“Dirk, you’re working on the bikes early today,” says me at the Grenoble Six Day 2010. “Yes, I must finish early so I can watch the darts on BBC TV in my camper van!” I didn’t expect that answer.
He was telling me that the new Look 496 track frame costs in excess of 6,000 euros and there’s a waiting list; they only build to order.
They are beautiful though and as Dirk says; ‘it’s the best bike for the sprint and it’s a genuine European product.‘
It’s cool and grey in Grenoble today – and very quiet.
Sunday means that Bar Clemenceau is shut, so no afternoon beer for Ed; and my chum over at the bakers reminded me that he’s shut tomorrow – he does that every year.
The crowd could go either way tonight – it’s hard to say; but the price for a place at the track centre tables has been brought down from 63 to 48 Euros.
That’s not a bad deal, that gets you in and gives you a table place complete with all food, mineral water, wine and coffee.
Magicians and balloon sculptors will impress/annoy you as you dine, there’s the circus acts, the singers, the Folies girls, the sprinters – and, as a bonus, a Six Day race.
In the middle of the afternoon, Dan Fleeman rang to say he’d won the British hill climb championship, again – that was a nice boost for the moral.
I decided I’d better get organised and do some interviews.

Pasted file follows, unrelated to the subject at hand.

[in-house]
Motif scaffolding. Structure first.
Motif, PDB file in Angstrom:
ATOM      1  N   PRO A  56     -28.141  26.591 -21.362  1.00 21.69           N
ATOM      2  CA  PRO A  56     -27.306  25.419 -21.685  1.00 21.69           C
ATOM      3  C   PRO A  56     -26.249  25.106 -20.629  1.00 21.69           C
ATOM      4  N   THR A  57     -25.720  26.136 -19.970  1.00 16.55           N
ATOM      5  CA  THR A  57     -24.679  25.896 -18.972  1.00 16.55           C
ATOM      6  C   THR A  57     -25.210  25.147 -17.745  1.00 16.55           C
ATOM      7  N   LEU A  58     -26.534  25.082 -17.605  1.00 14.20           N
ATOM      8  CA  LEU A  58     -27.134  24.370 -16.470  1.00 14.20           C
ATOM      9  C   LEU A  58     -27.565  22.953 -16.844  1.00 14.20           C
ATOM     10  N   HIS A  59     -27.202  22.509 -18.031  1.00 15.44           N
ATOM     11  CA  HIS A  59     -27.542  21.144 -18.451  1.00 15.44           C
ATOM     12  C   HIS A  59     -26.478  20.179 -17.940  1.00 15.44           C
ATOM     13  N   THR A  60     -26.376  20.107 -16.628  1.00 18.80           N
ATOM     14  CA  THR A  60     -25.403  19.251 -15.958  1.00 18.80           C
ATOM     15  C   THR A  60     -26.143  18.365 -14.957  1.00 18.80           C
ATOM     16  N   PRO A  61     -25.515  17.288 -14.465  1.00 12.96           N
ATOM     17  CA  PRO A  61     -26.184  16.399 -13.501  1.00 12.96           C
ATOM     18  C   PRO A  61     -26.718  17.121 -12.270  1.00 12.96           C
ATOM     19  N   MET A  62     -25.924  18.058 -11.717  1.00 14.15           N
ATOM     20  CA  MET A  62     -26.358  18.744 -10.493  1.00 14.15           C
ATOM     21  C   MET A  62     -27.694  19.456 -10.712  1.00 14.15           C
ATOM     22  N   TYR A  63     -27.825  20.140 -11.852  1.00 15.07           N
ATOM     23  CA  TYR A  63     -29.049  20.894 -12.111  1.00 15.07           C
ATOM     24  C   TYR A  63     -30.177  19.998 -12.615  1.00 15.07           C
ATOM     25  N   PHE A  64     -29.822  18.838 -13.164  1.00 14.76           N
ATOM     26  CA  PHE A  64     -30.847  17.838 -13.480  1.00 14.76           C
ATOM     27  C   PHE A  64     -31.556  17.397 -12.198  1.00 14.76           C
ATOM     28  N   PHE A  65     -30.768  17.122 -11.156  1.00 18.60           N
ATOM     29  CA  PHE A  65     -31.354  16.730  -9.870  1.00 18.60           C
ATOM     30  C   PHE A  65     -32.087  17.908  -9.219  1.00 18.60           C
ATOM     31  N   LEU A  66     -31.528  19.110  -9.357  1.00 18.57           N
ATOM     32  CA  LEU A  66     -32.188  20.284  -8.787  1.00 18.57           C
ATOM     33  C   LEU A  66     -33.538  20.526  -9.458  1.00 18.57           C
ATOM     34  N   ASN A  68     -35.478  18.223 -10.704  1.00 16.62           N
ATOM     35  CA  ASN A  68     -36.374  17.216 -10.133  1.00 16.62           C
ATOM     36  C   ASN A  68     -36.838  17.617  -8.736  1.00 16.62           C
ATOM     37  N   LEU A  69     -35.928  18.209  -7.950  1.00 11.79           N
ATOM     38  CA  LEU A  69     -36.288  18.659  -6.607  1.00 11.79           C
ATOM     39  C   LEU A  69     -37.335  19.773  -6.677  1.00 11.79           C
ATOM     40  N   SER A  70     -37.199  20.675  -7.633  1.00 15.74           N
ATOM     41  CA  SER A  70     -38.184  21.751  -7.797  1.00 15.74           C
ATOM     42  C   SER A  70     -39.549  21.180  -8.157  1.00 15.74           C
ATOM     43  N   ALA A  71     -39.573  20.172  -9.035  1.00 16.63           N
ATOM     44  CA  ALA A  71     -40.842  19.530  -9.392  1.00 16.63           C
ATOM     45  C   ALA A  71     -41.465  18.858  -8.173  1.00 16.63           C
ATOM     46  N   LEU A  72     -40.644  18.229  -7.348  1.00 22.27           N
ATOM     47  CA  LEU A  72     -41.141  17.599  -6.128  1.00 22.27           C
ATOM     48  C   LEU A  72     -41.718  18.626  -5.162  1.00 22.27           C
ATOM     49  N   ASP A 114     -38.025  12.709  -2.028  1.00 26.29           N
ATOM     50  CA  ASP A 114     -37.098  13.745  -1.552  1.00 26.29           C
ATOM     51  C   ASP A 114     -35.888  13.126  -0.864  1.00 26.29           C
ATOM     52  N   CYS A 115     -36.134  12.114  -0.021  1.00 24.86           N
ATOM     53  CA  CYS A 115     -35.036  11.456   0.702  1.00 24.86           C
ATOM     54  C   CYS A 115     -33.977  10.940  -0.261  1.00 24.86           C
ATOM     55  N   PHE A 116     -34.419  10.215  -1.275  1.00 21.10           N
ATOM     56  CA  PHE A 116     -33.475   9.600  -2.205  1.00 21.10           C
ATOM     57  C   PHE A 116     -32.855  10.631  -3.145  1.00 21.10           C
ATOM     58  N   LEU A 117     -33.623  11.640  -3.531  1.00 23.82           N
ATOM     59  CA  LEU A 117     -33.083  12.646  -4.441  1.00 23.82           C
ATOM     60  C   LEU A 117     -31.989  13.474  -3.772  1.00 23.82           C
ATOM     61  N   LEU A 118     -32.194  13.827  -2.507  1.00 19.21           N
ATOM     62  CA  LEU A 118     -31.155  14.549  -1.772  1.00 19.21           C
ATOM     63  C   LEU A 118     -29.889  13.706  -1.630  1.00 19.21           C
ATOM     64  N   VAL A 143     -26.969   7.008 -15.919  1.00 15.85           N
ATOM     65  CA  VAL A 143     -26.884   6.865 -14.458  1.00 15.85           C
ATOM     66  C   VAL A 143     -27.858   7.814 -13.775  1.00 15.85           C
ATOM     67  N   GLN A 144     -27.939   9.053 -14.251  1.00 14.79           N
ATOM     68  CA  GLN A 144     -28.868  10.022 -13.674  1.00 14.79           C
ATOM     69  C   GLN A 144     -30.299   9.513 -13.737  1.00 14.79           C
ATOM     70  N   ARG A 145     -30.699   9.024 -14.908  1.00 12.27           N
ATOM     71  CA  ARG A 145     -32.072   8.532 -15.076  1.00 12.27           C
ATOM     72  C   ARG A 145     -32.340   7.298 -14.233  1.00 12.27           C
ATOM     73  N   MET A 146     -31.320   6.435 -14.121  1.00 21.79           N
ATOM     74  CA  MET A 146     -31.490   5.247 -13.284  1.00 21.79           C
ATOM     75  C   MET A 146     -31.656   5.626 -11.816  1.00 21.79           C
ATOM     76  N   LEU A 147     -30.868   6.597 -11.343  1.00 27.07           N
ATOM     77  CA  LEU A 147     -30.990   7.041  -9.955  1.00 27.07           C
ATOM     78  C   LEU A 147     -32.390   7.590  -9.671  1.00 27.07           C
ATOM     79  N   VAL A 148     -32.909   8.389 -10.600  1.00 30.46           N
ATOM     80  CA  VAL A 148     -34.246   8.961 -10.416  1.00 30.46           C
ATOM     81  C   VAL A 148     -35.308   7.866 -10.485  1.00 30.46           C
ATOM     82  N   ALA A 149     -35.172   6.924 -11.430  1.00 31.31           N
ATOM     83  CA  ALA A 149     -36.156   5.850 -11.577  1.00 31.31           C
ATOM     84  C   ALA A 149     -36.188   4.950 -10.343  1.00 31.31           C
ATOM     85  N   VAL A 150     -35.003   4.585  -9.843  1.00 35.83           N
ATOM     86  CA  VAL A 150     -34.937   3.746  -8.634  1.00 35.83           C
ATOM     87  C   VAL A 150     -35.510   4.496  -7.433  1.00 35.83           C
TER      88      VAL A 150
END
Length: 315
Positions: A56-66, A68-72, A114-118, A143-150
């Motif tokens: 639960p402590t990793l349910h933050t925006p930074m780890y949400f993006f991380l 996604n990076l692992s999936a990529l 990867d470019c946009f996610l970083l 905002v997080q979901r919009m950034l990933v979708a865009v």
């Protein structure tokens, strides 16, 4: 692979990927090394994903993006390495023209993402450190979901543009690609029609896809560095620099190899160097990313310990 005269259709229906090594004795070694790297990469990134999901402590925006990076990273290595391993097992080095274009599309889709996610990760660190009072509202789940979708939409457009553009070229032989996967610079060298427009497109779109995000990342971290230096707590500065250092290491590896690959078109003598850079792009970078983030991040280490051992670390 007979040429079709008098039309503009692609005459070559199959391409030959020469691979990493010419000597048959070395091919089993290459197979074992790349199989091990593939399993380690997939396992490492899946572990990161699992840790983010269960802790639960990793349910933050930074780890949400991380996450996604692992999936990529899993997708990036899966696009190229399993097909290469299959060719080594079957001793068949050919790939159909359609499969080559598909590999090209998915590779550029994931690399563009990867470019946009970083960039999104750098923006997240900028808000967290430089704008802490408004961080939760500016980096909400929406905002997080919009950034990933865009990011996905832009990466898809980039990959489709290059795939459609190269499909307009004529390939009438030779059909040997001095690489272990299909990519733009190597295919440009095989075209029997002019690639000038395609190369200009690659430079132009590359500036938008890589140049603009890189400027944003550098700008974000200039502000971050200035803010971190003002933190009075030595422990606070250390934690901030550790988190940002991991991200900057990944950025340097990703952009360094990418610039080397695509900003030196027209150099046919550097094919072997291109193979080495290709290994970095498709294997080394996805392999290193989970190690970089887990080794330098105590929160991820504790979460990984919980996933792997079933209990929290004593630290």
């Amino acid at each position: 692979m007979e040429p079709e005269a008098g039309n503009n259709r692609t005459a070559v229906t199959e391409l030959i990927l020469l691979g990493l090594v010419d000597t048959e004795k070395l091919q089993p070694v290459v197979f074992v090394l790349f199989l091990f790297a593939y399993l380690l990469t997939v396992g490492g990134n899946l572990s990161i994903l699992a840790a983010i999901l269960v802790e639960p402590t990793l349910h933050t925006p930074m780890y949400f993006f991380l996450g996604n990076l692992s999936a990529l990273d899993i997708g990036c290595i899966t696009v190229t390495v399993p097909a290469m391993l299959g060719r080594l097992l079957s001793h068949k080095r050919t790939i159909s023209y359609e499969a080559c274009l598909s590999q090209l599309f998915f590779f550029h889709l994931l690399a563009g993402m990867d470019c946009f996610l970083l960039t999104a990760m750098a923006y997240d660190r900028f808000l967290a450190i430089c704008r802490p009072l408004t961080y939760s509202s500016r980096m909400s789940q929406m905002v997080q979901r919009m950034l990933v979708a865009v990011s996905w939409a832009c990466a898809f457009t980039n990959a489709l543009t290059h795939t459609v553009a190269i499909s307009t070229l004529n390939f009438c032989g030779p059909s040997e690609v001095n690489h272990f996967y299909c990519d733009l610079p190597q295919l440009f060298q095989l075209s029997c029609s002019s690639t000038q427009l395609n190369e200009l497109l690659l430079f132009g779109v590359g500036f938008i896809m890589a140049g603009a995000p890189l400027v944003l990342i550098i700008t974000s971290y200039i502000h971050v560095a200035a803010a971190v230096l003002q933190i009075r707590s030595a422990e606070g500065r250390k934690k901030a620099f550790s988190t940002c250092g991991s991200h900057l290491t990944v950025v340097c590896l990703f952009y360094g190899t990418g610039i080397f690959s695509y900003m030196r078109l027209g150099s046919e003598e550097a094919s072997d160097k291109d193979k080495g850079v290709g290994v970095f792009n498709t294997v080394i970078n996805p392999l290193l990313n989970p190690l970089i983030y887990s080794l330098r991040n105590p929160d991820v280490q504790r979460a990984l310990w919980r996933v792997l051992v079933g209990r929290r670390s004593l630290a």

I’d made an arrangement to do an email interview with Elia Viviani but he didn’t get back to me – sometimes that happens, usually because of translation hassles.
But in true Mountie tradition, ‘I got my man!’
His English isn’t the best and my Italian is restricted to a few words so Franco did the honours – my boss speaks English, Italian, German, French, Spanish and the Italian dialect spoken in Puglia.
As well as that, is tall, dark and handsome – and is the World’s best Six Day man. Some boys have all the luck.
Anyway – Viviani is cool, super cool and quick; you can see it here, his accelerations are savage and the last two nights his team has won the three lap time trial – where the Six Day team are joined by a sprinter, who does the last lap.
The other rider I interviewed today was Commonwealth Games sprint champion, Shane Perkins – if all the cyclists in the world were Aussies then being a cycling journo would be much less like pulling teeth.
Open, easy to talk to and good fun – with his ‘wild man’ days behind him, he says.
The night was a good one, the track centre was packed, the racing was good and the ambiance was excellent; there were smiles all round – from ‘speaker’ Daniel Mangeas and even Big Boss of the show, Guy Chanal.
Good fun, good racing, good morale, the best bread, the best rider to lo